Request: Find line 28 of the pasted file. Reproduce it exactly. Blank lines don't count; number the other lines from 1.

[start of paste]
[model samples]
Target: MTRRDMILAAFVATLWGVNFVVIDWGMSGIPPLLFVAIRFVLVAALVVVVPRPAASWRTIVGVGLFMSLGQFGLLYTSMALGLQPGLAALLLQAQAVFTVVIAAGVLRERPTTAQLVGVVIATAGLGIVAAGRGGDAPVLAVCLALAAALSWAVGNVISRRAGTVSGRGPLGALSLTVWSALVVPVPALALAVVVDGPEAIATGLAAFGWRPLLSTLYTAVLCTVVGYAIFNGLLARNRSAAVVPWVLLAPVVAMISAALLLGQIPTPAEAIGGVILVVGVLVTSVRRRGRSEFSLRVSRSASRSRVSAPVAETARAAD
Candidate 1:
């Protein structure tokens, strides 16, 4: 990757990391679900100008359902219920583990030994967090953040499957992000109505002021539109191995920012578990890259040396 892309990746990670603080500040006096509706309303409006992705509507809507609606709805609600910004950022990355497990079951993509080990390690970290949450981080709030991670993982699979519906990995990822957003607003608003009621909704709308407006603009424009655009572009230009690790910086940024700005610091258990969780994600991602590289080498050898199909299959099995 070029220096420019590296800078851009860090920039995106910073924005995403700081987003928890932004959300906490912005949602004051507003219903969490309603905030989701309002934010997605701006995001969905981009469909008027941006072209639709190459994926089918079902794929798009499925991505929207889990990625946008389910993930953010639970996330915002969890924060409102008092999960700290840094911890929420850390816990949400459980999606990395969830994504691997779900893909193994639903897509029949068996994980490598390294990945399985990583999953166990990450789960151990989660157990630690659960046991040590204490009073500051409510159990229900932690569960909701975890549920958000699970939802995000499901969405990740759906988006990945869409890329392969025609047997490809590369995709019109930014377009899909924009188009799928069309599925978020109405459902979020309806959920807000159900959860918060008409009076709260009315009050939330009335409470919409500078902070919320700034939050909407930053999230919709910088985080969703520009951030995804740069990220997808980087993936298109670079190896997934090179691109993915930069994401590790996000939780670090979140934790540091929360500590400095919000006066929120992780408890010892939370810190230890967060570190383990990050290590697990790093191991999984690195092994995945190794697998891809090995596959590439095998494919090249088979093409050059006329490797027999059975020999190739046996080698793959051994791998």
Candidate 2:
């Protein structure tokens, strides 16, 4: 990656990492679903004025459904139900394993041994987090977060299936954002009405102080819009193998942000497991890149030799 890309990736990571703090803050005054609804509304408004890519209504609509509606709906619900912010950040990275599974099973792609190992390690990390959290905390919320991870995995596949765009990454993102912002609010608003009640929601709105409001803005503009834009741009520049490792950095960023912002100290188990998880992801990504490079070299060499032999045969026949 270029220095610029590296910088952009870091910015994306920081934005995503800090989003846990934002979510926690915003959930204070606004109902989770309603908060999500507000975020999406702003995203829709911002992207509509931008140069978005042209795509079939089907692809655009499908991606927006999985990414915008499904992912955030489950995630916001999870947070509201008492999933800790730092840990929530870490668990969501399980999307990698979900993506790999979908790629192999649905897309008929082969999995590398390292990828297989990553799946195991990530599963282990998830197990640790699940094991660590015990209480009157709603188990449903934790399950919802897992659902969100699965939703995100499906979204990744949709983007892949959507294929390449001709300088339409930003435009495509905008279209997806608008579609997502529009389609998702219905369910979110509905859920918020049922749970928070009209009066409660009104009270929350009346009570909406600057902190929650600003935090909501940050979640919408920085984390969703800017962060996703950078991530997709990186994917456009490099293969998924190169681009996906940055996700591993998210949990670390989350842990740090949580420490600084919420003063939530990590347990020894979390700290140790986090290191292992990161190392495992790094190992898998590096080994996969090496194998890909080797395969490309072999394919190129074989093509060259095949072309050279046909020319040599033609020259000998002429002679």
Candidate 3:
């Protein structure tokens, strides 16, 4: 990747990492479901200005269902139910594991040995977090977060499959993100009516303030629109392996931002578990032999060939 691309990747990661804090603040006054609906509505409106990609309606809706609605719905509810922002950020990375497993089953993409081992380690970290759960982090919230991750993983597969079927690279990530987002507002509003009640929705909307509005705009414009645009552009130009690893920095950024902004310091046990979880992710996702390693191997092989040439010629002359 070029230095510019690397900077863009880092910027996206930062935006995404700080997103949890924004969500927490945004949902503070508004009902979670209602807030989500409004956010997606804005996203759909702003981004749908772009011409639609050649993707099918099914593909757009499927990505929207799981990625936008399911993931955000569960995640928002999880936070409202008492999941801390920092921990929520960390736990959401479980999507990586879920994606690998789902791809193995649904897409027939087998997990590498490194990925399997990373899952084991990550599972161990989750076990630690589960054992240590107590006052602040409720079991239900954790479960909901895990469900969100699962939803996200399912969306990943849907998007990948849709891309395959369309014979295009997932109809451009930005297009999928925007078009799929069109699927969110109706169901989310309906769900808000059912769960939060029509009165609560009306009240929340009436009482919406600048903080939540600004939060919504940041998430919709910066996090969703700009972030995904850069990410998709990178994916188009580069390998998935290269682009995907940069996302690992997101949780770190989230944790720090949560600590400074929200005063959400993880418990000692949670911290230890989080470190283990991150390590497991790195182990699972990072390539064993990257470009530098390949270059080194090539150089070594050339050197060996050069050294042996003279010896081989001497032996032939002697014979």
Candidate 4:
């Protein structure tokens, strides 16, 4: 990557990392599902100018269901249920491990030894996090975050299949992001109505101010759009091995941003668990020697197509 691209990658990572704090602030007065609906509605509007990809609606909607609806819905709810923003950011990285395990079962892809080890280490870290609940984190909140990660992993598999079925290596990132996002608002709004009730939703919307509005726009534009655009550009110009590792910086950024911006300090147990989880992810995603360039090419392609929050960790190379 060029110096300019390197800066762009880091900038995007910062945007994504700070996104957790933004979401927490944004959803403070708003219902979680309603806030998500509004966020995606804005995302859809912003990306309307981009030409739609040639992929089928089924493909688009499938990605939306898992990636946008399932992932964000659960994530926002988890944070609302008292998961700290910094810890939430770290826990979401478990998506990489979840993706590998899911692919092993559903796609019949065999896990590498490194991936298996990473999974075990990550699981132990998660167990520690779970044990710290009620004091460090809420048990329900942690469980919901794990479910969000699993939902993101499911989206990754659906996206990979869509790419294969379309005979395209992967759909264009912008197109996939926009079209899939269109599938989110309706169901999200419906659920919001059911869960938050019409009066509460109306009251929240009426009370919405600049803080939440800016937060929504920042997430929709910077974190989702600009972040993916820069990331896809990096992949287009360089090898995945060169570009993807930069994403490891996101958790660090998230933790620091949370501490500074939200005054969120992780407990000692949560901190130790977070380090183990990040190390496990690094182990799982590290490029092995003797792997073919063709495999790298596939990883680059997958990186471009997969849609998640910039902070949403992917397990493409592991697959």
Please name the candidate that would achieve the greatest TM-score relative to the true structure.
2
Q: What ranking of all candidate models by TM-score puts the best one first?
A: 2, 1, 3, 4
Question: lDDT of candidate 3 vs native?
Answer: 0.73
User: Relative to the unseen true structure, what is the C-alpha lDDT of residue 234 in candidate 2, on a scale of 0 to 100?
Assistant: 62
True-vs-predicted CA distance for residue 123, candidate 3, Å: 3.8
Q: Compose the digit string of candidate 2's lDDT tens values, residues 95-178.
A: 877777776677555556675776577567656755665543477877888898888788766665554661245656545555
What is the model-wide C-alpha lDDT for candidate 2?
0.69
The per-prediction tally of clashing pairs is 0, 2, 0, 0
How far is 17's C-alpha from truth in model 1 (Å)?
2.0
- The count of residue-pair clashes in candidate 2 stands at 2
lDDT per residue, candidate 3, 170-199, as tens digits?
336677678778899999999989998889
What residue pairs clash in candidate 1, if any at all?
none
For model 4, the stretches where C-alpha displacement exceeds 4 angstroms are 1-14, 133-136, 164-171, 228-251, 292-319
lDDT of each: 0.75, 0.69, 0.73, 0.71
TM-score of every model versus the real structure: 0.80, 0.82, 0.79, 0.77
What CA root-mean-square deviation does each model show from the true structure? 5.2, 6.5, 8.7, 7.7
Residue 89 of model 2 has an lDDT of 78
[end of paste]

lDDT per residue, candidate 3, 170-199, as tens digits?